In a Heritage Foundation piece published this week, author Robert Moffit captures well the context in which Medicare beneficiaries are losing access to providers under the President’s government takeover of healthcare law (as detailed in numerous previous editions of this newsletter, e.g., here, here and here).
“Under the Patient Protection and Affordable Care Act of 2010 (PPACA)…Medicare beneficiaries face major premium increases, higher drug costs, and guaranteed reductions in access to care resulting from payment reductions to hospitals, home health agencies, nursing homes, even hospice care. Deeply flawed Medicare payment systems are also on automatic pilot to cut reimbursements to physicians. Medicare provider payments are on a downward slope toward Medicaid reimbursement levels, meaning that many Medicare patients, just like Medicaid patients today will have serious trouble finding providers who will take care of them.
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“[A]ccess to care for newly retired persons has been a growing concern. In 2008, for instance, 45 percent of medical providers in Oregon decided against taking new Medicare patients even as the American College of Physicians says that rapidly aging Americans will need a 40 percent increase in primary care by 2020. Under the PPACA…Part A Medicare reimbursements will be relentlessly reduced, even to Medicaid levels. This guarantees reduced access to care, a problem aggravated by the rapidly emerging physician shortage.” (citations omitted)
In addition, the public’s concern about Medicare was reinforced this week in the Kaiser Family Foundation’s monthly health tracking poll for November. Fifty-nine percent of respondents said the Medicare program will be worse off or will experience no difference under the health reform law compared to only 22 percent who believe the Medicare program will be better off. When asked specifically about seniors (65+), 57 percent said seniors will be either worse off or will experience no difference while only 32 percent believe seniors will be better off under the law.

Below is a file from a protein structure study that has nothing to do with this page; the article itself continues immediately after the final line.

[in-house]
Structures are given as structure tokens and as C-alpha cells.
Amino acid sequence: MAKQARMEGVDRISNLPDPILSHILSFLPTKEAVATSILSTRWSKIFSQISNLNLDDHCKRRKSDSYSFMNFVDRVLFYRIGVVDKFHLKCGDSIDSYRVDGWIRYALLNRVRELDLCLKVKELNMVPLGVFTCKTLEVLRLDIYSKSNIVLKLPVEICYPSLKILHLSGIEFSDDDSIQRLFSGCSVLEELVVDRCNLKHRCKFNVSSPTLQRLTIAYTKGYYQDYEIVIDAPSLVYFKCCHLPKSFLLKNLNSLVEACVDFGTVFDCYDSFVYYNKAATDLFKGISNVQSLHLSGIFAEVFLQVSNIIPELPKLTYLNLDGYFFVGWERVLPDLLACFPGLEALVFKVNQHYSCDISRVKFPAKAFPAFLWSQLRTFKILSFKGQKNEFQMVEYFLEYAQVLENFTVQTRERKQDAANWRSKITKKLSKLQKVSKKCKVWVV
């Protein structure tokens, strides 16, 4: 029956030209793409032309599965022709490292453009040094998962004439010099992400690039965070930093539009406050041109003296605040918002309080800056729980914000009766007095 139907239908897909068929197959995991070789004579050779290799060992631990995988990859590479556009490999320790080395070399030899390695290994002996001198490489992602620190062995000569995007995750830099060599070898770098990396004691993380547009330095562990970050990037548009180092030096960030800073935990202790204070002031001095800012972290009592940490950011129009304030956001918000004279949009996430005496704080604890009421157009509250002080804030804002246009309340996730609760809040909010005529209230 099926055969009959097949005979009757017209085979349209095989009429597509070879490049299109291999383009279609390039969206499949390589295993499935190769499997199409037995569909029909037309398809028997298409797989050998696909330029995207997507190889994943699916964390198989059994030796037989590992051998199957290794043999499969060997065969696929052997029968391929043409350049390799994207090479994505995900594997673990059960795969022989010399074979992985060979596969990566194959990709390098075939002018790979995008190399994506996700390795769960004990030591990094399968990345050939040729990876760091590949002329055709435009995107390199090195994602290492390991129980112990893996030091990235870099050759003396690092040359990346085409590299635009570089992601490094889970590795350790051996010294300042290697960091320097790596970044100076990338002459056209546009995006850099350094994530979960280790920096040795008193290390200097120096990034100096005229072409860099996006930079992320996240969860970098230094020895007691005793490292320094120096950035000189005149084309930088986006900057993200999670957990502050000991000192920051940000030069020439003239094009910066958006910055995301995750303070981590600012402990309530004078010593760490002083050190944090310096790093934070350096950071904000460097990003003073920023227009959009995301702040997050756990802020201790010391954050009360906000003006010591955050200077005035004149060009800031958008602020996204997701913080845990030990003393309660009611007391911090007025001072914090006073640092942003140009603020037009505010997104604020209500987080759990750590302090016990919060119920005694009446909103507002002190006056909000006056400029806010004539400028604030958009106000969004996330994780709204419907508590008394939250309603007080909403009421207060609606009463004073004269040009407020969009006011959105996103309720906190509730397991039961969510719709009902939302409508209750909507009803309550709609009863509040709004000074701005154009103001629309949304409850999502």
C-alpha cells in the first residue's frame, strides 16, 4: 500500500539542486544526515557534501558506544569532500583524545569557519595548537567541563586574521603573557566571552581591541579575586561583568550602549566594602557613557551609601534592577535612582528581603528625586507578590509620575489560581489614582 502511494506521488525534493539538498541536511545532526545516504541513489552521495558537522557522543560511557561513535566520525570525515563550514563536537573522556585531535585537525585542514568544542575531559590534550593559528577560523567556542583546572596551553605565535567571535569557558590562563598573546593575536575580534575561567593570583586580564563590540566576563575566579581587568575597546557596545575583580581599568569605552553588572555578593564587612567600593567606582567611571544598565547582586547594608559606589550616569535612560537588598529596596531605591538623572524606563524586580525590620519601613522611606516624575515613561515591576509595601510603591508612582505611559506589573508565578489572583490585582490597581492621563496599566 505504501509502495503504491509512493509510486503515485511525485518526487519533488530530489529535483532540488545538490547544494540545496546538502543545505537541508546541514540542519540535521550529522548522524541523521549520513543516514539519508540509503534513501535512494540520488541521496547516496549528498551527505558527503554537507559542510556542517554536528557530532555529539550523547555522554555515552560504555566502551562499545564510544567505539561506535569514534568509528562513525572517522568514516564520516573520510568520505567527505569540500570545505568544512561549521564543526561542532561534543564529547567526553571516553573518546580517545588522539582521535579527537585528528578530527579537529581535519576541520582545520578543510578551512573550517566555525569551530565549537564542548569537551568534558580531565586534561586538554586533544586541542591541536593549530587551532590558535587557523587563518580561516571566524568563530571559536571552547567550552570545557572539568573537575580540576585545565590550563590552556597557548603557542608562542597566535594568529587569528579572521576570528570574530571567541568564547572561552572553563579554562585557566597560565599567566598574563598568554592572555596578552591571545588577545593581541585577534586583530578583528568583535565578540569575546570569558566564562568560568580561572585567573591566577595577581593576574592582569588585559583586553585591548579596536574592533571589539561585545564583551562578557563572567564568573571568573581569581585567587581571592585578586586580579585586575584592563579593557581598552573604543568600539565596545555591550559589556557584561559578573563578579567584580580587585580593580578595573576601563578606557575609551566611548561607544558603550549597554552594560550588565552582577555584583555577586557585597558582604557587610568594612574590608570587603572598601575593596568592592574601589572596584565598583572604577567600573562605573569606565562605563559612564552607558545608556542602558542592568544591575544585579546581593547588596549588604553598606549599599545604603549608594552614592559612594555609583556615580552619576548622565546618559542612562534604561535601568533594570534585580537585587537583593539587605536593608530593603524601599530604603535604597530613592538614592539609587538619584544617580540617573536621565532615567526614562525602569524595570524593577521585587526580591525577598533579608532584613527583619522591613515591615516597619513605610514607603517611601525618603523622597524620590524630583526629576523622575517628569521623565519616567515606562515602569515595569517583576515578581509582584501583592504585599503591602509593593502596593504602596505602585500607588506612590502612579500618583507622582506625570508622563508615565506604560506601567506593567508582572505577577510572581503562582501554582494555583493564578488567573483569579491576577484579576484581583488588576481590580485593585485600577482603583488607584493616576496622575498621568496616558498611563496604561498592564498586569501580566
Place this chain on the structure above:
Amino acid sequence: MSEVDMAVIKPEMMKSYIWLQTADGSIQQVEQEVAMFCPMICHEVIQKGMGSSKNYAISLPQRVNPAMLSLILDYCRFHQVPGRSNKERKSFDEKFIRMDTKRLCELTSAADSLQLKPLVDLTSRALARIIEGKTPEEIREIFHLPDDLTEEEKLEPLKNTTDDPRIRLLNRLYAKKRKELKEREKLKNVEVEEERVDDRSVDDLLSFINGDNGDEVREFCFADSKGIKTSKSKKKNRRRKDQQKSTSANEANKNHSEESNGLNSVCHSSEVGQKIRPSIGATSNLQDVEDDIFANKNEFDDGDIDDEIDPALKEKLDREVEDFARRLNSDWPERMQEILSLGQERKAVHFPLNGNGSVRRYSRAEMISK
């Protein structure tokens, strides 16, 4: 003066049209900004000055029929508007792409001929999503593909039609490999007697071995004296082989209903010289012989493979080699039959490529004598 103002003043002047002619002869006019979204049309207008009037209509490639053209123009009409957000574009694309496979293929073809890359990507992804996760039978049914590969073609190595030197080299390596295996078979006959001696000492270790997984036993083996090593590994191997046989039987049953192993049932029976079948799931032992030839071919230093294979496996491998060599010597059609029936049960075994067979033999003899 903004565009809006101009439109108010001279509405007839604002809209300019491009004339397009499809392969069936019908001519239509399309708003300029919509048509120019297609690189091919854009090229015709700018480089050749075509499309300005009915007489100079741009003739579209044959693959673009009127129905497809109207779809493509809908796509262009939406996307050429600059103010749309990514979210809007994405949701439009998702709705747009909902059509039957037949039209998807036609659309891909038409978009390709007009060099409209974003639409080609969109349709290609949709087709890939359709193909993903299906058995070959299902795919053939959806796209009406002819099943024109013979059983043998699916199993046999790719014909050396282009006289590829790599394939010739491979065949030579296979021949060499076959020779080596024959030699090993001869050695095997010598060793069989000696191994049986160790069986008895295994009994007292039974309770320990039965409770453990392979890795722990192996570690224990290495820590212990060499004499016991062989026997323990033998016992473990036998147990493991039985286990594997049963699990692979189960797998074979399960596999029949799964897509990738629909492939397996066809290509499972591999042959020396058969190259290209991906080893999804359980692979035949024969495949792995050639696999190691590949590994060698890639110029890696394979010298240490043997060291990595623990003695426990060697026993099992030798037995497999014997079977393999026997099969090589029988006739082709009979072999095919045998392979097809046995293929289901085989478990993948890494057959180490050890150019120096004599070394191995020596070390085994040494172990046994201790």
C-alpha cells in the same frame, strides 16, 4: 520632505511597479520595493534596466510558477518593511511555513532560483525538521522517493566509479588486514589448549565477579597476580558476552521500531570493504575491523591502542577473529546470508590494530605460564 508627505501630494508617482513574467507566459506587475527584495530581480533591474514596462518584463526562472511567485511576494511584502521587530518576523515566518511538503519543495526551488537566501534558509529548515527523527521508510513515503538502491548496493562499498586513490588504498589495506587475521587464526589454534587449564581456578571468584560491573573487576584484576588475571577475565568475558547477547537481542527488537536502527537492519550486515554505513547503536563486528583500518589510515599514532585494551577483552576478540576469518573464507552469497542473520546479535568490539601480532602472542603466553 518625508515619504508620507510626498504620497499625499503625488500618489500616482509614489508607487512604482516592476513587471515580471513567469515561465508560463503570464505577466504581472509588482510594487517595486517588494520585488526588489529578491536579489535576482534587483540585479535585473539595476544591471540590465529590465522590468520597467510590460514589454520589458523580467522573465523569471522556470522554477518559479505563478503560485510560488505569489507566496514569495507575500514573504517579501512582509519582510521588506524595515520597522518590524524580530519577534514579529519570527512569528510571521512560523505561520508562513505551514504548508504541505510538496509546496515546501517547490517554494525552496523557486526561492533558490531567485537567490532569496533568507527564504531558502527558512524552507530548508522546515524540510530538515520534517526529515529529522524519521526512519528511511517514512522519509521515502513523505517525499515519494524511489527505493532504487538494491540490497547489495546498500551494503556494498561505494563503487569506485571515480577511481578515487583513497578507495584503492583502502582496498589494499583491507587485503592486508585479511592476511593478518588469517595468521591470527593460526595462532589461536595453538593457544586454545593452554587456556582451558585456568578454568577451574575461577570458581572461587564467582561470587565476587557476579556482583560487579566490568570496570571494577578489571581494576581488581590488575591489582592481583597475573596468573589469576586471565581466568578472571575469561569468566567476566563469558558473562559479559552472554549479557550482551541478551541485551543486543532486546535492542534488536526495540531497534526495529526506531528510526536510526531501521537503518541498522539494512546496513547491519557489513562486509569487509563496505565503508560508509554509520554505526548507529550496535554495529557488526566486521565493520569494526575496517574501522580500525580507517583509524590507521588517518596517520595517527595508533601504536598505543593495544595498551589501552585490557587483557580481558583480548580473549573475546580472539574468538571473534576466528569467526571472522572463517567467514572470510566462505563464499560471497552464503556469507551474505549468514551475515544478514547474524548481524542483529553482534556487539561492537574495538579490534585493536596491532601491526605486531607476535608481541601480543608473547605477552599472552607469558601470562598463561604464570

The precipitous declines in “better off” responses since the Kaiser poll first asked these questions is worth noting. In September of 2009, 46 percent of respondents said seniors would be better under the (future) law. Now? Only 32 percent believe so; a 30 percent decline. In August of 2009, 38 percent of respondents said the Medicare program would be better off under the (future) law. Now? Only 22 percent believe so; a 42 percent decline. And even among the 37 percent of respondents who have a favorable opinion of the law (44 percent unfavorable), only 2 percent (0.74 percent overall) suggest helping seniors is the main reason for their favorable opinion of the law.
Together the Heritage paper and Kaiser poll results point to a conclusion that the Medicare program under the current Administration is not serving its beneficiaries as well as it could and in increasing numbers the public is realizing the President’s government takeover of healthcare law won’t make the situation any better.